Election campaigns kick off in Burundi, donors suspend aid


Protestors on Bujumbura streets Monday


Campaigning for next month’s general elections Burundi has officially began despite the ongoing strife in Burundi

While opposition leaders and the international community have called for the rescheduling of the electoral calendar due to the prevailing insecurity in the country, the National Electoral Independent Commission says there is no way the election could be moved as all conditions on the ground favour the elections to take place.

“We are working to observe the schedule of the electoral process. The question of insecurity is not to be decided by CENI, it’s an issue of security bodies and the government,” says Prosper Ntahorwamiye, the spokesperson of the CENI.

President Pierre Nkurunziza whose decision to run for the controversial third term has sparked of popular protests in Bujumbura and other parts of the country, says there is no reason for the postponement of elections as 99% of the country is peaceful.

“The whole population is serene and the country in general is peaceful except some skirmishes prevailing these days in some areas of the capital Bujumbura,” President Nkurunziza said Friday after submitting his candidacy credentials.

To buttress the government’s stance, President Nkurunziza compared Burundi’s situation to Nigeria, a country that just concluded its election despite ongoing fight against Boko Haram terror group.

“If elections are well organized in that troubled country, what would prevent Burundi to organize this election?” He said.

It should be not however, the Nigerian election was postponed, albeit briefly.

Nkurunziza’s government’s decision not to postpone the elections defies a host of critics ranging from members of the opposition, the African Union, The United Kingdom, South Africa, and the United States among others.

Meanwhile anti-third continue, despite calls by the National Security Council Friday to stop the demonstrations unconditionally and resume normal activities in Bujumbura and in other parts of the country.

After a one-day truce announced by organizers Saturday, residents of Bujumbura returned to the streets Sunday. Hundreds of women forced their way to downtown Bujumbura and demonstrated against the third term and for once the police refrained from using teargas and live fire on discontent women.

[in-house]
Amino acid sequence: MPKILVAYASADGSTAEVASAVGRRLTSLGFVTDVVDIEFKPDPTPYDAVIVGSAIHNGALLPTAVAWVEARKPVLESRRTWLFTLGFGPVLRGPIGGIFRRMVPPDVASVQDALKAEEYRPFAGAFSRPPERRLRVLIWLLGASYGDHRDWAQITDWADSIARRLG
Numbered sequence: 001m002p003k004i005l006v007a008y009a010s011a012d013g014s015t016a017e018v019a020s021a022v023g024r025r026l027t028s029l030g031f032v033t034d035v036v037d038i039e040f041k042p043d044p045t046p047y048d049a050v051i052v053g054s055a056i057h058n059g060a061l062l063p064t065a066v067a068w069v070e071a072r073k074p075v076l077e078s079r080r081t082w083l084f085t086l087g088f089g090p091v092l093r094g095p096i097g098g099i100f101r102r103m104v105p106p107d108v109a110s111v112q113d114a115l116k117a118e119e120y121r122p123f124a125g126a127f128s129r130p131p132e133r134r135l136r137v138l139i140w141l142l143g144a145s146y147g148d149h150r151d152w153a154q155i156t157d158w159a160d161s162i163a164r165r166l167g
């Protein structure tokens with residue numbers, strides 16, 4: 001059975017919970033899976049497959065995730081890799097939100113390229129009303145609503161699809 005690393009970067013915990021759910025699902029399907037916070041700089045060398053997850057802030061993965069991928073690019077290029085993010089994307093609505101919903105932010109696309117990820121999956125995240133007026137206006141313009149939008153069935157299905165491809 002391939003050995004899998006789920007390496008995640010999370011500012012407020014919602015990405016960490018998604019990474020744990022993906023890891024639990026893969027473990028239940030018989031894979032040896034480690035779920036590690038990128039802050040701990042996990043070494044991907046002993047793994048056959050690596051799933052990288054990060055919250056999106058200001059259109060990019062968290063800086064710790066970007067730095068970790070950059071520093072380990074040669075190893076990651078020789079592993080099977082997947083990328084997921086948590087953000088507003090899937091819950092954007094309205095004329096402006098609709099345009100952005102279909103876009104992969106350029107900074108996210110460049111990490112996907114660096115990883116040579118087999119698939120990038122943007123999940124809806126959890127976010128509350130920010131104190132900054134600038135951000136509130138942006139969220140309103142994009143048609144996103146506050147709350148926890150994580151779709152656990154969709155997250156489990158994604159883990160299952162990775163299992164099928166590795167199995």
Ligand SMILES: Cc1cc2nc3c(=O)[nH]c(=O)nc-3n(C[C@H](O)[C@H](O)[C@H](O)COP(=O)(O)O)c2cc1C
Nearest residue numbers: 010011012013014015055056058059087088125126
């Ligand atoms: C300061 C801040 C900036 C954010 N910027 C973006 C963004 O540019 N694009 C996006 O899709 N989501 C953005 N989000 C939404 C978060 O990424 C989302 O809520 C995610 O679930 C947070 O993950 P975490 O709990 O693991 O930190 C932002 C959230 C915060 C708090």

This morning protestors are marching in full force once again, and the police are using live fire and teargas to disperse the demonstrations.

As a regional summit is due to take place this Wednesday May 13,  in Dar es Salaam, Tanzania, Kenyan President Uhuru Kenyatta has called for dialogue to put an end to the crisis, warning that it is not only a threat to Burundi, but also to the whole East African region.

“The consequences of the unrest in Burundi will be felt beyond the country’s borders especially in neighboring countries.” Kenyatta said

President Kenyatta’s call follows Rwanda’s President Paul Kagame who came out recently to urge his Burundian counterpart to respect the voices of people in the streets. President Jakaya Kikwete has also cautioned players in the conflict to respect Arusha accords, and the country’s constitution.

The conflict has so far claimed 14 lives and more than 200 have been injured and hundred of Burundians opposed to Nkurunziza’s bid are believed to be in jails around.

Jeff Radebe, the special envoy of the South African President Jacob Zuma is in Burundi, heading a delegation which has come to try to persuade President Pierre Nkurunziza to withdraw his candidacy for the 3rd term.

In the meantime, after threatening to cut aid to the electoral process in Burundi, the European Union has made good on the threat.

Belgium has announced the suspension of its support to the elections and to the Burundi police due to the unrest that erupted a day after the declaration of Nkurunziza’s candidacy.

Belgium is the first country to suspend aid for elections in Burundi. The former colonial power is withholding $2.2 m of financial support, even though the first instalment of the package, 2 m euros, has already been disbursed.

Belgium’s International Development minister Alexander De Croo said in a statement on Monday “conditions for free elections have not been met at the moment”.

The Netherlands and Switzerland have also followed suit and withheld their support Burundi.

United Nations High Commission for Refugees estimates that more than 50,000 Burundians have fled to Rwanda, Tanzania and the DR Congo in the past few weeks, and these numbers are set to increase.

Rwanda is hosting the majority of the refugees as the number was estimated at 25,591 as of May 10.